The Lower East Side was covered in smoke Sunday around 7 PM, as the historic Beth Hamedrash Hagadol synagogue at 60 Norfolk Street was ablaze with what the FDNY rated as a three-alarm fire. A cyclist who rode along Delancey Street told the Bowery Boogie local news outlet that he heard a “big explosion” followed quickly by the erupting plume of fire.
Firefighters, whose station is located only a few blocks east of the synagogue, battled the fire for more than an hour, according to the city’s fire department. Heavy flames and smoke shot out of the windows, according to CBS News.
Built in 1850 as a Baptist church, the building of the Beth Hamedrash Hagodol was purchased in 1885 by Rabbi Abraham Joseph Ash, from Poland, to serve an Orthodox Jewish congregation which was eventually led by Rabbi Jacob Joseph, the first and only Chief Rabbi of New York City.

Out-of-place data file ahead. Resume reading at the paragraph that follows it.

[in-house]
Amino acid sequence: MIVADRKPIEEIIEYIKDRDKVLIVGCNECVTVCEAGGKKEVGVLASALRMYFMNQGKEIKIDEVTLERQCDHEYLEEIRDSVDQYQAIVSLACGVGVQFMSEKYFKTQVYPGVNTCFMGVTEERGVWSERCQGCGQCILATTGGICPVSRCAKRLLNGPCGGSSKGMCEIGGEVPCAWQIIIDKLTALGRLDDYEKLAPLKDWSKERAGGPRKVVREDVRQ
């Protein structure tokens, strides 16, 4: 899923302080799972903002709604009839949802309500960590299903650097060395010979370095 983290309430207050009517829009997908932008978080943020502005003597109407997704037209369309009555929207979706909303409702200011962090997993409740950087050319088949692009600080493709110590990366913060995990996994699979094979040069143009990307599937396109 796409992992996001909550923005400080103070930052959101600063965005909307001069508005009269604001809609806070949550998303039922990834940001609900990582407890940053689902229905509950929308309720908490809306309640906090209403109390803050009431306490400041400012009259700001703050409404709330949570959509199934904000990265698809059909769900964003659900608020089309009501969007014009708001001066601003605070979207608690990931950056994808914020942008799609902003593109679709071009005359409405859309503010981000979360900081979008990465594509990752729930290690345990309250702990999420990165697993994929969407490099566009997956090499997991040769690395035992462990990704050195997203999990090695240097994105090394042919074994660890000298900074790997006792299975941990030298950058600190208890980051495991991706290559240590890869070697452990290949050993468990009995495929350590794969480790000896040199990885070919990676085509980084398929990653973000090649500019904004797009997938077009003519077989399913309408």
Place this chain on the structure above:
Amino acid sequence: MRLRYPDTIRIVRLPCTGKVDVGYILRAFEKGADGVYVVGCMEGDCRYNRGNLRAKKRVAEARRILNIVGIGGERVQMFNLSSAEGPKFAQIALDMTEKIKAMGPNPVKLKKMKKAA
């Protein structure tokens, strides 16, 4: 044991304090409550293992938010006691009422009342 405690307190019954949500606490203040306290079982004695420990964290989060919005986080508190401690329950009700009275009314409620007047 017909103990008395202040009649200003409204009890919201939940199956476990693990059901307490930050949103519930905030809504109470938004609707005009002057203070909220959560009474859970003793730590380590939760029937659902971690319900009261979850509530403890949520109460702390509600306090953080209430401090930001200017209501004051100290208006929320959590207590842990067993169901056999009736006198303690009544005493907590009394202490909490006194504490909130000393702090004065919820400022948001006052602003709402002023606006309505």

The great edifice has had a sparse congregation for several decades, and stood in considerable disrepair while members were trying to raise funds for its grand scale renovation. The synagogue’s upper floors had been condemned since the 1990s, and in 2007 the building was closed altogether.
On May 7 a fire erupted in the building and was put out.
The building was designed in the Gothic Revival style by an unknown architect, with masonry-bearing walls with timber framing at the roof and floors, and brownstone foundation walls and exterior door and window trim.